Fit 4 Everyone's Business Model Leads to Proven Medical Results, Provider Referrals
Alayna DeFalco, M.S. is the founder and owner of Fit 4 Everyone in Conway, South Carolina. DeFalco holds a Bachelor’s in Communications from Rutgers University and a Master’s Degree in Exercise Physiology from Kean University. She has taught and developed a variety of courses related to Exercise Science, Exercise Physiology and Recreation Sports Management for UNC, Excelsior College and Coastal Carolina University. DeFalco Fit 4 Everyone opened Fit 4 Everyone in 2014. Since then the facility has tripled its size in staff, members and equipment, and in the process Alayna and her team created a model with proven medical results.
We recently chatted with Alayna to learn more about Fit 4 Everyone's unique model and her vision for continued success.
EIM: What is Fit 4 Everyone?
Alayna: Fit 4 Everyone is a clinical fitness facility in Conway, South Carolina, that specializes in personal and scientific-appropriate strength training for those 50 and older. Our staff hold bachelors, masters and/or doctoral degrees in Exercise Science or Physiology from some of the best schools–including Coastal Carolina University–in the United States in this field. We utilize the local university’s Exercise Science Department, which increases our creditability with the medical field and increases referrals.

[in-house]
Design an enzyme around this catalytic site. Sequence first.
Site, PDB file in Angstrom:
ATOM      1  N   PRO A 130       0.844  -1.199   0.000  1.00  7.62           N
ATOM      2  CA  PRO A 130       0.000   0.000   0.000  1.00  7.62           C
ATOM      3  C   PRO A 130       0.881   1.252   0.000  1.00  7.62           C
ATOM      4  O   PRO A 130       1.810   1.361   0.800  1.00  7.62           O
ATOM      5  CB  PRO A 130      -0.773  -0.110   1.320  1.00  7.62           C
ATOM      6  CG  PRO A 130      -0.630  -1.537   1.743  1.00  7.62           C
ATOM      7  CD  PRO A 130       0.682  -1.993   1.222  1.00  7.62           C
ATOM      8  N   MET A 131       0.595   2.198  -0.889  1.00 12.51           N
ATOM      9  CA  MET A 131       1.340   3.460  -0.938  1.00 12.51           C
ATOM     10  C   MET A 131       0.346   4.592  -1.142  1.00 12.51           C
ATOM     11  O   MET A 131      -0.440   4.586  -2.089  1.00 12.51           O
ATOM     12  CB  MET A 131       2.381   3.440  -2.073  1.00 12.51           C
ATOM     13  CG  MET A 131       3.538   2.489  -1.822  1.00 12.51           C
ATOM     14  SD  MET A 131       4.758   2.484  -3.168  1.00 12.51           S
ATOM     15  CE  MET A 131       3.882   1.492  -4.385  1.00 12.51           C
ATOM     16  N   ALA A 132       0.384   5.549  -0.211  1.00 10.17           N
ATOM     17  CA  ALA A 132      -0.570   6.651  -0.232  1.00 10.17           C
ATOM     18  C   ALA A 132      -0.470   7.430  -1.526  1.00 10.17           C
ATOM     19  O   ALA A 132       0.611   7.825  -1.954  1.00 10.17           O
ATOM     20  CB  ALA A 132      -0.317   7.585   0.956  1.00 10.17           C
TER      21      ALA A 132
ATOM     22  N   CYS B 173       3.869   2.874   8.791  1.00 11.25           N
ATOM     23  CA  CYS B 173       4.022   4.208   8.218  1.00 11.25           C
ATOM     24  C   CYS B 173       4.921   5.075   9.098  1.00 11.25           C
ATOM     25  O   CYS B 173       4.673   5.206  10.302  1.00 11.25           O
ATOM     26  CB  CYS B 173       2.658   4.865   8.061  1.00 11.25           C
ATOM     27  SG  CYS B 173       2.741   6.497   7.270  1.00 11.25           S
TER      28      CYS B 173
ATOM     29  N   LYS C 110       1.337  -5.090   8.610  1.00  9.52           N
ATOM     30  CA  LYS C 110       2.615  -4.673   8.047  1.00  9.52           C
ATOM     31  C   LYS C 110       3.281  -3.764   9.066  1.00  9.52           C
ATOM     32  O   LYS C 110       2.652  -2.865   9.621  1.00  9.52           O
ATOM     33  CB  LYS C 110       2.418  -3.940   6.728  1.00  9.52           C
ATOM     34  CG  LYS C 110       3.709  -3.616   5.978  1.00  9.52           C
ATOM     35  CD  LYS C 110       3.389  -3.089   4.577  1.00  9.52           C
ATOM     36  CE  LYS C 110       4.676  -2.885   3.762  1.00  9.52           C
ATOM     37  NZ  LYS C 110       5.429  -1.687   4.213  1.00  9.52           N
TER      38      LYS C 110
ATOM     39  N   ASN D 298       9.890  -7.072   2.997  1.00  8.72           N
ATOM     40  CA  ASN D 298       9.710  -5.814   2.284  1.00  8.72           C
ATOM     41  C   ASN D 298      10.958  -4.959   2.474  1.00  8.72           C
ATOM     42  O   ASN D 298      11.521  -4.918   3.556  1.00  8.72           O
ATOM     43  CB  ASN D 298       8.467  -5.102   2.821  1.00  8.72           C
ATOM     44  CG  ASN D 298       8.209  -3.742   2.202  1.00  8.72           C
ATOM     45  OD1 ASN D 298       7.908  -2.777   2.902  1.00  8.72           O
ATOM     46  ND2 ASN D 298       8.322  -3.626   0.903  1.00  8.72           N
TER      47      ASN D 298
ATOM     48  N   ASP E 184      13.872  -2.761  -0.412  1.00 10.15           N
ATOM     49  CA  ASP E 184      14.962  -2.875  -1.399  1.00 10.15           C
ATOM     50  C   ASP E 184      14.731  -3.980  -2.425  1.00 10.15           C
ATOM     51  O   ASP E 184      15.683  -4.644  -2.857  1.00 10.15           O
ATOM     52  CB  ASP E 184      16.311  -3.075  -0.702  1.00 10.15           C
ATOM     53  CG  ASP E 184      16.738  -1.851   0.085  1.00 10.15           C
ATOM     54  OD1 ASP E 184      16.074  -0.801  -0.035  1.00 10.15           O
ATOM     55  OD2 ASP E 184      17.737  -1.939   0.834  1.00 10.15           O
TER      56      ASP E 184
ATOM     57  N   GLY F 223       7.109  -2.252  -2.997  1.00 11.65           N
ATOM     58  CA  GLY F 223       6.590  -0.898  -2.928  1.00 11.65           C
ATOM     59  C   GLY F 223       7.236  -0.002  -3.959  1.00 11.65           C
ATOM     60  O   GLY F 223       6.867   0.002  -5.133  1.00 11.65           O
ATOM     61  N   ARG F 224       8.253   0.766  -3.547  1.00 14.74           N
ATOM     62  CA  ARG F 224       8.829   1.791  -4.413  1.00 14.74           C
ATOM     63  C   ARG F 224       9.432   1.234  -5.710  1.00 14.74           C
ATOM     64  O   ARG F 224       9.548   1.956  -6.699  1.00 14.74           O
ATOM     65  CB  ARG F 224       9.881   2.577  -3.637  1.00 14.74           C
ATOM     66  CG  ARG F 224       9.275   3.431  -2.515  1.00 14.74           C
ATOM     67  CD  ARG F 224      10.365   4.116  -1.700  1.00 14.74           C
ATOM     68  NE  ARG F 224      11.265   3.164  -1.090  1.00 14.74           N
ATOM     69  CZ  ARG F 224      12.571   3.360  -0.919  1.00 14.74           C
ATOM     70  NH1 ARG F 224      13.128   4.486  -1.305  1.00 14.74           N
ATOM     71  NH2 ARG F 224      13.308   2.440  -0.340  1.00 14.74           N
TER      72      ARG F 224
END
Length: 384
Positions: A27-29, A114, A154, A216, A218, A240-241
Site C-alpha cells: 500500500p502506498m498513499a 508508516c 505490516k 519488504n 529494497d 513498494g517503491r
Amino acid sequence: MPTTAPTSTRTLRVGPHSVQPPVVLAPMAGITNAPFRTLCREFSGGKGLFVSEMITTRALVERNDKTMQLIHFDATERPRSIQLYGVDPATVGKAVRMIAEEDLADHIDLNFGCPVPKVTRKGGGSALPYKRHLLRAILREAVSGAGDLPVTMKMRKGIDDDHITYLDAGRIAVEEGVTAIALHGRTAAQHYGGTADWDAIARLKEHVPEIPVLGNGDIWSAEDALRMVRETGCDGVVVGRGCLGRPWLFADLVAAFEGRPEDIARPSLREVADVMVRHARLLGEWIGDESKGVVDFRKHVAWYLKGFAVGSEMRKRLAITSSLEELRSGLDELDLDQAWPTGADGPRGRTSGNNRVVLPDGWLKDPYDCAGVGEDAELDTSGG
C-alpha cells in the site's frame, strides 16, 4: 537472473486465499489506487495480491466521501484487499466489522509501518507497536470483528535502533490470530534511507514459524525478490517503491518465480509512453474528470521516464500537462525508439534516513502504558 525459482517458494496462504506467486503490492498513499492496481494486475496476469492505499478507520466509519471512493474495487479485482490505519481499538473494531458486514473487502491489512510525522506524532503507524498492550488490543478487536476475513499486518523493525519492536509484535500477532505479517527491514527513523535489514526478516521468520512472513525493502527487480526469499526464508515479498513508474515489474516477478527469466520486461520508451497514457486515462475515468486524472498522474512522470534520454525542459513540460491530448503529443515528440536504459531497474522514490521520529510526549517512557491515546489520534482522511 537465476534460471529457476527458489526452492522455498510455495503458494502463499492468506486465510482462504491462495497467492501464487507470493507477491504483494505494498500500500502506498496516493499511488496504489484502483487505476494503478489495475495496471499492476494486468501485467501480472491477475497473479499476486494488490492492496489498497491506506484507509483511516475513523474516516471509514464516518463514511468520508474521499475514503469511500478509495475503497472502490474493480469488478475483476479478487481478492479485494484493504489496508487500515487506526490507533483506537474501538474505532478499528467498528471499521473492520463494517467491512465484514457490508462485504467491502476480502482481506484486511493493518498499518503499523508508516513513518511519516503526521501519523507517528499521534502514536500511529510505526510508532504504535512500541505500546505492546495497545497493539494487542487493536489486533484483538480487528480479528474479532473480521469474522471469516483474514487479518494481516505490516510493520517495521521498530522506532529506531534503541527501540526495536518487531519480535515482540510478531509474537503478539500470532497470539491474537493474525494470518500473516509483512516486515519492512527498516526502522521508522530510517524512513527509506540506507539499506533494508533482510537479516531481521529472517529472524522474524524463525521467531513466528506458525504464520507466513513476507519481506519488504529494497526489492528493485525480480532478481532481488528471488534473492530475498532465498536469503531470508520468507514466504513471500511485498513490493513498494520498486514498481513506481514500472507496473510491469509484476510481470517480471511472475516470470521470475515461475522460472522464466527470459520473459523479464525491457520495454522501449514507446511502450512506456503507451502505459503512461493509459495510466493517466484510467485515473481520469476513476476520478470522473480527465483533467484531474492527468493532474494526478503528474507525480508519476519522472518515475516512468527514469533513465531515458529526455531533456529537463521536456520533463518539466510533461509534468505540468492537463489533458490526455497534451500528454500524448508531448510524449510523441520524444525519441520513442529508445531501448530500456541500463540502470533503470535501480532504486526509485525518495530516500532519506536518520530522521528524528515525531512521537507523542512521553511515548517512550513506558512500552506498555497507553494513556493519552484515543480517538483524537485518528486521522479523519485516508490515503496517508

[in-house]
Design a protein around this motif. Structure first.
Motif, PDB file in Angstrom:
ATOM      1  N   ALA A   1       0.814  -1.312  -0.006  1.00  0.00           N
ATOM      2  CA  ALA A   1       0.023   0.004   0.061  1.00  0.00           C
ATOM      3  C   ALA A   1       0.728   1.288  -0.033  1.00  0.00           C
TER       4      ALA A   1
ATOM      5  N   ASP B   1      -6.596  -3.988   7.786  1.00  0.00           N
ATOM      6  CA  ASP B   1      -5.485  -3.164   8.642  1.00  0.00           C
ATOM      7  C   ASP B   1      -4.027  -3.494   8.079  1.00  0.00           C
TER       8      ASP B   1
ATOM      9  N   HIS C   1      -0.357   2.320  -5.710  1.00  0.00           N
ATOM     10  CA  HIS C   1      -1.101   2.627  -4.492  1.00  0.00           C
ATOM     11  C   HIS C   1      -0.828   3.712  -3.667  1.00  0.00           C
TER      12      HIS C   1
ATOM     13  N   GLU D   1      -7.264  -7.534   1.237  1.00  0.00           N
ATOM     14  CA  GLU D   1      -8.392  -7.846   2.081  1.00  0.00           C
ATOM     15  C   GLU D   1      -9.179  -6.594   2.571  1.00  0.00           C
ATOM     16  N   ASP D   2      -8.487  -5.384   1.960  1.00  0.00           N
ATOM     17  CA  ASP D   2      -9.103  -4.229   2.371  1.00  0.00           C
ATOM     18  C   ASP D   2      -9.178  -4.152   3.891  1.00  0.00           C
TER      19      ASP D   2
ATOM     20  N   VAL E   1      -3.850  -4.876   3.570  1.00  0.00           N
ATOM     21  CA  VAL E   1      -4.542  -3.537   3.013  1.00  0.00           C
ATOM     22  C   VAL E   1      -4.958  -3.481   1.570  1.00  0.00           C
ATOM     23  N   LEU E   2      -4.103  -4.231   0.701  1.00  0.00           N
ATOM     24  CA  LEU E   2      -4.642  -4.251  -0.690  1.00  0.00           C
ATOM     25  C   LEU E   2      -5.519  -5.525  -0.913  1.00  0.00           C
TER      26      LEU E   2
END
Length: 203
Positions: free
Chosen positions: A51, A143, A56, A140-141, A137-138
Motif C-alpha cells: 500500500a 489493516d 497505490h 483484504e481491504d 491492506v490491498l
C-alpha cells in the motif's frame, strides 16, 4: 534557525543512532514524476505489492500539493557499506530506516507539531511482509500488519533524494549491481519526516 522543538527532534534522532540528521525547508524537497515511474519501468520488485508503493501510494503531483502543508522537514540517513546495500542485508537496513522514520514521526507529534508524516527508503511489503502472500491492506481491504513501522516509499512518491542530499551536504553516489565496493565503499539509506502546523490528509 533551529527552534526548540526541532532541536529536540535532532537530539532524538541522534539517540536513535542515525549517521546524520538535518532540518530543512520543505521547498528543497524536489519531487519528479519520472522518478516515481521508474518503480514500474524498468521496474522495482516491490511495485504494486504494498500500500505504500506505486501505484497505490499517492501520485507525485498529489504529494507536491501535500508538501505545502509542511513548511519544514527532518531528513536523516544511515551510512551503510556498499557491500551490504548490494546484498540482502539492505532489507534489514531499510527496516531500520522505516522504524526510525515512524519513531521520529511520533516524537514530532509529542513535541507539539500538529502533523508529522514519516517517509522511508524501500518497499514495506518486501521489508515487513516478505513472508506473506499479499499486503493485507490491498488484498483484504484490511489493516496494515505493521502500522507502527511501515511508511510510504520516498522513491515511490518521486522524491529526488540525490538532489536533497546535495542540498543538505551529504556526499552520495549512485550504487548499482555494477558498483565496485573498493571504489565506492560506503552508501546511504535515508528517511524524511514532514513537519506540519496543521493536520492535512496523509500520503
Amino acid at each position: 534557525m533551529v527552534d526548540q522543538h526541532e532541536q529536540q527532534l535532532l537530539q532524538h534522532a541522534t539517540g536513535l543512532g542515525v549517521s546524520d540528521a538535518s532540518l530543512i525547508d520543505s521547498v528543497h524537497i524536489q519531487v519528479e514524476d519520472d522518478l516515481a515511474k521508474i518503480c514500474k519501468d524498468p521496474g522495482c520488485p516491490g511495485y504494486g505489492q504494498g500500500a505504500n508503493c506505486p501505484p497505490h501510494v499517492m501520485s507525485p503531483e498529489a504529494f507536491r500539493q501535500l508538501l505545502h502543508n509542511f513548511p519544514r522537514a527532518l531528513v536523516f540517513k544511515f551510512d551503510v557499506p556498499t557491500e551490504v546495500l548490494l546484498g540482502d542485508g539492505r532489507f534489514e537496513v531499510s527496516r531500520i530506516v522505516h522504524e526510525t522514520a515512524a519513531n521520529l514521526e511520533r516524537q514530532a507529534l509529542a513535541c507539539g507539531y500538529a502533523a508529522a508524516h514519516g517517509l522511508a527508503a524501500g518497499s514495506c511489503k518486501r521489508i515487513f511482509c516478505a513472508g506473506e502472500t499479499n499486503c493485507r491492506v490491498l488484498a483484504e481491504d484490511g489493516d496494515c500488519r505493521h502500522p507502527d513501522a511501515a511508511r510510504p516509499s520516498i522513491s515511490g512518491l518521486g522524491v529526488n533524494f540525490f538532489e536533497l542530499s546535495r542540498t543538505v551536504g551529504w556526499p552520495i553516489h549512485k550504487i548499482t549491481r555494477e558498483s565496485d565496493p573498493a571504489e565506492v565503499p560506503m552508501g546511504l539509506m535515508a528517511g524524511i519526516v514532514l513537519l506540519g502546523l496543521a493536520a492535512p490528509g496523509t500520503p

EIM: What prompted you to open Fit 4 Everyone?
Alayna: Most fitness facilities do not hire experienced staff or utilize scientific programs for each client who walks through the door. Most facilities require a mass quantity of members to be able to offer lower-priced memberships. This business model allows for cash flow yet does not address obesity and the increasing cost of health care. Education needs to step in and be part of the medical model. Doctors need to know that there are professional facilities their patients can go to for chronic condition management or prevention. We know the medical field tries to encourage patients to exercise, eat better and lose weight. The problem lies beyond that statement. Doctors are not referring to gyms because they are concerned patients can possibly hurt themselves or the facilities do not have qualified, educated staff.